Remembering Jacintha the royal nurse - page 4
I just felt the need to acknowledge the passing of one of our own. I feel tremendous sadness that Jacintha ,the Royals nurse felt the need to take her own life. It is worth pausing perhaps to consider how she felt. Easy... Read More
- 0Dec 13, '12 by FDW630Quote from CrunchRNI am so glad to know I am not the only person who thinks this. She wasn't even the one who gave out the information...so there had to be more going on. I am not on the DJ crucifixion bandwagon yet either. It was a stupid prank, but how can you blame them for her death? As a mother, I cannot fathom killing myself and leaving my children to suffer for the rest of their lives because I got had, embarrassed, or even fired. I think it is terribly selfish. Even with postpartum depression, my newborn was my first concern. "I want to just walk away and never come back. But who would be his mother?" Couldn't do it. Maybe she had some underlying mental health problems? That is about the only explanation that would make me feel differently. My heart goes out to her husband and children.i guess I have a different take on this. I think she must have had much more than this going on to cause her suicide. And I am very sorry, but i think it is horribly indulgent no matter how difficult things are to abandon your children this way.
My little bro died this year from an accident that was caused in part by his own lack of self control. He left behind 3 wonderful kids who are going through he__ __ trying to adjust to life without their father.
I feel badly for her in some ways, but i think as a parent you have a responsibility to get yourself some help and not cause such devastation for your children that you chose to bring into this world.
- 0Dec 13, '12 by nursel56 GuideSuicide is unfathomable. My friend and mentor took her own life, and I know she wasn't selfish or would ever intentionally cause people she cared about to suffer years of pain and confusion. All I can figure (and I still don't understand it) is that whatever was going on internally with her was so awful she saw death as the only way to stop it, and ironically I think her desire not to burden others with her troubles allowed things to build to the point she saw this act as the only way out.
- 0Dec 14, '12 by ProfRN4Quote from FDW630Neither could I. And I bet at one point, she felt the same way. People who take such drastic measures have serious issues. She was not in her right mind. It's not one single action that makes a person decide to do this. But perhaps, this was the straw that broke the camels back.As a mother, I cannot fathom killing myself and leaving my children to suffer for the rest of their lives because I got had, embarrassed, or even fired. I think it is terribly selfish. Even with postpartum depression, my newborn was my first concern. "I want to just walk away and never come back. But who would be his mother?"
- 0Dec 23, '12 by DoGoodThenGoIt seems the nurse in question did have one or two things going on in her medical past that may have played a role in her suicide.
British nurse Jacintha Saldanha, victim of radio prank involving Kate Middleton, attempted suicide twice before and took antidepressants: report - NY Daily News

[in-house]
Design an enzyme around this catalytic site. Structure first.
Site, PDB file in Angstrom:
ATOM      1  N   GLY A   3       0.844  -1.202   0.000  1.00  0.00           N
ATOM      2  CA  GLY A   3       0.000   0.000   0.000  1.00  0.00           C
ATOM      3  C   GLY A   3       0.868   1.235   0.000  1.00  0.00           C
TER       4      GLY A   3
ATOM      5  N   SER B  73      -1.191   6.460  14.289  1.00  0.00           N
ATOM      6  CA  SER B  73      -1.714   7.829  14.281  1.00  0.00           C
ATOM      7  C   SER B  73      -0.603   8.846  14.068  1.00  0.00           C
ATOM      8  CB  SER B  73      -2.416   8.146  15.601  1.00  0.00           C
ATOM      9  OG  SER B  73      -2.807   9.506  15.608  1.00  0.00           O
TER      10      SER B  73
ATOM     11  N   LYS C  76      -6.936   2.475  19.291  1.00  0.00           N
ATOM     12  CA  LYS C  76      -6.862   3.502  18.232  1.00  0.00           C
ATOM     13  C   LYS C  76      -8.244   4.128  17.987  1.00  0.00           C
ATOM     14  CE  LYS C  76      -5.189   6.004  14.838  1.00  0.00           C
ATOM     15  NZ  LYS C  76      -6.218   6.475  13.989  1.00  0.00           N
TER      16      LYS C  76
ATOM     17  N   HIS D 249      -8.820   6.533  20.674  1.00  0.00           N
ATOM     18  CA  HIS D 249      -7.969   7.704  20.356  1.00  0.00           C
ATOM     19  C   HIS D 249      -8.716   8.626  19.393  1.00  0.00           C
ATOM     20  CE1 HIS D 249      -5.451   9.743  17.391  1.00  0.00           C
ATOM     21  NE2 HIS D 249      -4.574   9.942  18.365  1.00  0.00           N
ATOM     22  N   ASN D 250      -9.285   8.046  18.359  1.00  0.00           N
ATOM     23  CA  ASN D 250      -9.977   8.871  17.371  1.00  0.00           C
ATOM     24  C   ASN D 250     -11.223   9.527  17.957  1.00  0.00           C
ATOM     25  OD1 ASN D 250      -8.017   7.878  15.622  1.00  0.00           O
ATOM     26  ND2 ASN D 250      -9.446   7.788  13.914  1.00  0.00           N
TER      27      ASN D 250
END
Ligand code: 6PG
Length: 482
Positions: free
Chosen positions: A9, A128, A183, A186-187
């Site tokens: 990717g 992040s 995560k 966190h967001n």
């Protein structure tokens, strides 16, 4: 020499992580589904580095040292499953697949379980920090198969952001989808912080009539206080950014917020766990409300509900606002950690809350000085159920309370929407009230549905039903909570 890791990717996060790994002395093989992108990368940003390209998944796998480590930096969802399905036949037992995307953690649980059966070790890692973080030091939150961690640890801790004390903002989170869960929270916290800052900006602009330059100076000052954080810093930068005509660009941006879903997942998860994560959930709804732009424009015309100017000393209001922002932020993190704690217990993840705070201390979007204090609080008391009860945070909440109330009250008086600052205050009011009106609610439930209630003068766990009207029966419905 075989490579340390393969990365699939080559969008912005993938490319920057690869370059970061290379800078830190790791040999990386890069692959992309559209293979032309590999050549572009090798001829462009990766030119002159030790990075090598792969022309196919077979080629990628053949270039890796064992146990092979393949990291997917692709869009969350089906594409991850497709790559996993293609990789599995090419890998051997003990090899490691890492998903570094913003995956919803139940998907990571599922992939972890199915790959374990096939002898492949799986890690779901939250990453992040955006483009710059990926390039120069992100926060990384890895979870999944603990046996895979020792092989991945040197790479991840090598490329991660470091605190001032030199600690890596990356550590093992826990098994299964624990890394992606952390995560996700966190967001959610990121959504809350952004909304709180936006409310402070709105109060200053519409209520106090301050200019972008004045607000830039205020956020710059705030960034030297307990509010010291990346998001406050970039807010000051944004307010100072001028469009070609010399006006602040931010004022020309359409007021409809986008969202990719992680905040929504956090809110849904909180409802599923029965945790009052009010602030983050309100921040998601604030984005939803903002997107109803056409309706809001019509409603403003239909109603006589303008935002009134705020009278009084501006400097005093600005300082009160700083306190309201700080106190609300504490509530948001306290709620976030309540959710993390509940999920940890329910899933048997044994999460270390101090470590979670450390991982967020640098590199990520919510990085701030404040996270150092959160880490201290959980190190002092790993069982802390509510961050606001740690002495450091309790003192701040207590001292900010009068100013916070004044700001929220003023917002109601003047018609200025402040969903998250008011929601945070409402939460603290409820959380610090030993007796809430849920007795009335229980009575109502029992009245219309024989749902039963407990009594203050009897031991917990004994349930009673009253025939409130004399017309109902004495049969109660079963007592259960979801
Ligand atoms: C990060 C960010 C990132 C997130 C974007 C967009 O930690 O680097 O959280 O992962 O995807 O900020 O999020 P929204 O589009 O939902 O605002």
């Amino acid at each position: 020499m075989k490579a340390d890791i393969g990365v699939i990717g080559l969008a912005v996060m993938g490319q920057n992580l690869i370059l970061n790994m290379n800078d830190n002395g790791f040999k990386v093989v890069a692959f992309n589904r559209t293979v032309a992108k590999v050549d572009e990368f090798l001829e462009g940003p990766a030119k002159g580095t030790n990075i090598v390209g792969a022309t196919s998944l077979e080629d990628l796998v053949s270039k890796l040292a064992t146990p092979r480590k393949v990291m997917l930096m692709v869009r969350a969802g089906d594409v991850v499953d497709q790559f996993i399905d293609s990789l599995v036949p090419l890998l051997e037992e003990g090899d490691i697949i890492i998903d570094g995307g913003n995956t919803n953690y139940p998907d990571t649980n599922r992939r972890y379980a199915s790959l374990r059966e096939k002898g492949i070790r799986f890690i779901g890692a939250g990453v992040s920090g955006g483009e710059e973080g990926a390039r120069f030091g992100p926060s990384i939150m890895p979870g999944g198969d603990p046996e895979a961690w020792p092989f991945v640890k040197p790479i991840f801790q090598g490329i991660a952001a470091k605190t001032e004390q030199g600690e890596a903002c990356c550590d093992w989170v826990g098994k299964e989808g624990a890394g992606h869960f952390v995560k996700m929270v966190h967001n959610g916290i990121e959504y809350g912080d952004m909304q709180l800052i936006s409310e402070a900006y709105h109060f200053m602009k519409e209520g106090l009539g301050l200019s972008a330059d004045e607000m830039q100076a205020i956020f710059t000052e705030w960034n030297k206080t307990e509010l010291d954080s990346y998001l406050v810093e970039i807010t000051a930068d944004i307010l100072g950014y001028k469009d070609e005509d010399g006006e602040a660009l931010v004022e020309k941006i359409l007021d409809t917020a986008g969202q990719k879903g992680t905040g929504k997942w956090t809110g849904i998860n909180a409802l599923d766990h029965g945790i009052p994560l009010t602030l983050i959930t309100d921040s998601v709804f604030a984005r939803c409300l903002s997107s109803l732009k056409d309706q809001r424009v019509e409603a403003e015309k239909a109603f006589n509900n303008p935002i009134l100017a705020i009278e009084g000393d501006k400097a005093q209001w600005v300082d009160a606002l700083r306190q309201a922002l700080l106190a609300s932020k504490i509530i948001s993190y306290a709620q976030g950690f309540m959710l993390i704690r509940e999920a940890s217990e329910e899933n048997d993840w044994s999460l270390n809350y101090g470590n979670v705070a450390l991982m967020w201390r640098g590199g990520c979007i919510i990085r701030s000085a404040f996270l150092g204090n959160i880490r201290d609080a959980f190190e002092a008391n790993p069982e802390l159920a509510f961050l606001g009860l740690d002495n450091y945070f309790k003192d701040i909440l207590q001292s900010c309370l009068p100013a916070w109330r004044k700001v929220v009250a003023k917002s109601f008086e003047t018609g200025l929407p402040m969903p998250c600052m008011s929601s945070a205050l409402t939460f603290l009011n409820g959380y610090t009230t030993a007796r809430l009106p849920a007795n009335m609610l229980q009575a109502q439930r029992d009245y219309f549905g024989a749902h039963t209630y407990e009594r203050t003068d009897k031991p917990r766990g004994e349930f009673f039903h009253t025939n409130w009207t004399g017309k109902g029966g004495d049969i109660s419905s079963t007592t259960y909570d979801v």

- 3Jan 5, '13 by MissingIdentidyThis is kinda an old story, but after all I've been through with suicide, I felt like I should say it.
So these radio show guys pranked a nurse serving Princess Kate Middleton into giving out sensitive information. They posed as Kate's mom. She ended up commiting suicide because of the joke. Horrible yes???
Since suicide has been a major part of my life that story just infuriated me. I also hate practical jokes as well so that was double.
The punishment I think was far from just. They got radio suspension not a full band. Their twitter accounts were permanently disabled as well. I honestly think they should have at least gotten 1 month to six months in jail. Because this is also not the first joke that has gone a little bit to far. That was one of three. The other two didn't have such a horrible consequence, but they still went a bit over board.
- 1Jan 6, '13 by aknottedyarnI agree about most practical jokes. Some of the idiot TV encourages craziness in practical jokes, some end in death.
As for the nurse, I do feel very bad for her. We protect patients' privacy issues in the US as much as possible. it gives me renewed thanks for this.
- 0Jan 6, '13 by Meriwhen, ASN, BSN, RN Senior ModeratorWith all respect...unless you (general) are the deceased or were able to read for yourself the contents of the suicide note, you honestly don't know what drove her to end her life. Was the practical joke a contributing factor in her suicide? Likely--it was mentioned in the note. Was it the SOLE factor? I doubt it, because there's a lot in that note that was NOT made public...nor are family and friends always going to be forthcoming to the public about what the deceased's demons really were. We will never really know.
This is a tragedy, yes. I'm not saying that the DJs should be let off of the hook entirely--far from it--but on the other hand, it's very easy for the public to want someone to tar and feather, especially given that one of the parties involved is a beloved public figure (royalty). Had this not involved such a person but an Average Joe instead, I wonder if there would be the same thirst for retribution.
That being said, I think that these types of practical jokes should be banned because of the cruelty and potential harm that they can cause. I think suspending them from radio and Twitter was just, and I agree that it should have been a full ban instead--their career in all forms of media, not just radio, should be permanently ended.
But to earn jail time? That I honestly don't know about. Maybe. Maybe not.Last edit by Meriwhen on Jan 6, '13